While the IOzone read performance regressed for Btrfs after Linux 3.8, the write performance on the other hand has improved.
When running CompileBench, EXT4 was easily the fastest tested file-system while F2FS and Btrfs were the slowest and XFS was a nice mid-range performer. The Linux 3.10 kernel didn't change the performance drastically aside from some slight improvements in this single-disk configuration for F2FS and Btrfs.
F2FS and EXT4 were performing the best for the PostgreSQL database test, except for F2FS dropping off with the Linux 3.10 kernel. Similar to the IOzone read results, the Btrfs performance dropped off for pgbench after the 3.8 kernel release.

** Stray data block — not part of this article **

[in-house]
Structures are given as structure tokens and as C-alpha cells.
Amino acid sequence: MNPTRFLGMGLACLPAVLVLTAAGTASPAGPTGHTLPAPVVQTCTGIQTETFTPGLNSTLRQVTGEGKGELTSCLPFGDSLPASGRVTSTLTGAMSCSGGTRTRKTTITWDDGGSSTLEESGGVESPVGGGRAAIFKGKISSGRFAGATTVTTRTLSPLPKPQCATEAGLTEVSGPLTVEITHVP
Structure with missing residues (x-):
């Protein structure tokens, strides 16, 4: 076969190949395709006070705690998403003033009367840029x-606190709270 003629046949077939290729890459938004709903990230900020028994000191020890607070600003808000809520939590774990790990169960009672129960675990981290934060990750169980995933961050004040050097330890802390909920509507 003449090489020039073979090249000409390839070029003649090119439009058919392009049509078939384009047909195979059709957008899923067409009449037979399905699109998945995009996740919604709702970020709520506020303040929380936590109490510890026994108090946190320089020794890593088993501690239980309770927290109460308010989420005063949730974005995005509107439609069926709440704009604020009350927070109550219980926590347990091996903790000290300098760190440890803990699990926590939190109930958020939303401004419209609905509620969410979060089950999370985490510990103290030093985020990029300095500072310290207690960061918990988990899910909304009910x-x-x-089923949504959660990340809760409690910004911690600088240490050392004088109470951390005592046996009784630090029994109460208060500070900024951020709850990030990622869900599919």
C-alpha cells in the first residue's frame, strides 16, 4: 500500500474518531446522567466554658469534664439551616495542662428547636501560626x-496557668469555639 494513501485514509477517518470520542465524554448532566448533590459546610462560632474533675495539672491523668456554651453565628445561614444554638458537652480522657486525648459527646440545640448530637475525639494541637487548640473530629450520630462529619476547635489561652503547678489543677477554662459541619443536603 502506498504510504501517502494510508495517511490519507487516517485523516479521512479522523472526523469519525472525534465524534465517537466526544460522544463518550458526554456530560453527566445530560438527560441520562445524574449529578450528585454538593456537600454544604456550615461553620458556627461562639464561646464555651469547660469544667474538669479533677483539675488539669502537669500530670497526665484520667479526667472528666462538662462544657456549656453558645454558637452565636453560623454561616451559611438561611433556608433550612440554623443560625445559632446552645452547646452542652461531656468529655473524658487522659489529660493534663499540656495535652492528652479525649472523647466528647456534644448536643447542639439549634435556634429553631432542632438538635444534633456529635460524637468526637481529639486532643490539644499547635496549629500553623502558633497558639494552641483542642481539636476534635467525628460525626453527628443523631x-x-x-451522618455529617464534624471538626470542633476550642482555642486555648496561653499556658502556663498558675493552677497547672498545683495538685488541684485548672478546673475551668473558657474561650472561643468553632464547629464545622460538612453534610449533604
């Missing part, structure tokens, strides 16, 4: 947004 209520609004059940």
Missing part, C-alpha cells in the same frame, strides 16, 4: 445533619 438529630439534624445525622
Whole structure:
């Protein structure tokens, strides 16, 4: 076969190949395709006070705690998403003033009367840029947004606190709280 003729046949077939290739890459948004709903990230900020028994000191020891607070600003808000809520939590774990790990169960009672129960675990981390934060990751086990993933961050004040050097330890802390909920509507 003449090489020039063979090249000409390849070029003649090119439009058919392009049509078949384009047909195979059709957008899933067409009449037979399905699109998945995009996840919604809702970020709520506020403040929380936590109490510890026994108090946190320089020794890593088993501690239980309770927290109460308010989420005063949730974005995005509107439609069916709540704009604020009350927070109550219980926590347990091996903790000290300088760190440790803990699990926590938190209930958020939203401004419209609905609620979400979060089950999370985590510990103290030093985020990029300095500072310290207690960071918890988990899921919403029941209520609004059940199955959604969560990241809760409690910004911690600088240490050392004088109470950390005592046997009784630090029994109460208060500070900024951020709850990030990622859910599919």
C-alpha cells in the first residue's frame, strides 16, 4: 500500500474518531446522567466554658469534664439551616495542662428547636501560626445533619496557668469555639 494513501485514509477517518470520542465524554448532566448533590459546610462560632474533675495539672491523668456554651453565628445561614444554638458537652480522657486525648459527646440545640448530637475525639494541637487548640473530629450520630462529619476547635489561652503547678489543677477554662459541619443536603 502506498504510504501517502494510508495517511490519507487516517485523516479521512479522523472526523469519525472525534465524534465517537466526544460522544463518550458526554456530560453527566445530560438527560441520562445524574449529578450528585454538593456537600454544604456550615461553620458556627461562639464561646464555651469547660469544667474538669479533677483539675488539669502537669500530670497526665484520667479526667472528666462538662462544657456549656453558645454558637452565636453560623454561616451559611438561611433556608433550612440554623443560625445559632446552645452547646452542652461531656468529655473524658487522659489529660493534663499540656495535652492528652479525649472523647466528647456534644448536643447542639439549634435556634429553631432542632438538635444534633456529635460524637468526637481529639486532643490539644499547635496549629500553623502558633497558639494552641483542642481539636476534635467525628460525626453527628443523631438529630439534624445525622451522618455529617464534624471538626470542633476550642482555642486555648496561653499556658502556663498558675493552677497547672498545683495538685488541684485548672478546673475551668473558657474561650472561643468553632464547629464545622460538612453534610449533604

Overall, while Btrfs is much of the focus for Linux file-system discussions these days being viewed as the next-generation solution, when it comes to the performance on a single SSD disk, EXT4 is still generally fairing the best. Of course, this is just looking at the stock performance and not at the feature-sets or reliability of each file-system. Coming up next will be new Linux file-system benchmarks from a traditional HDD configuration.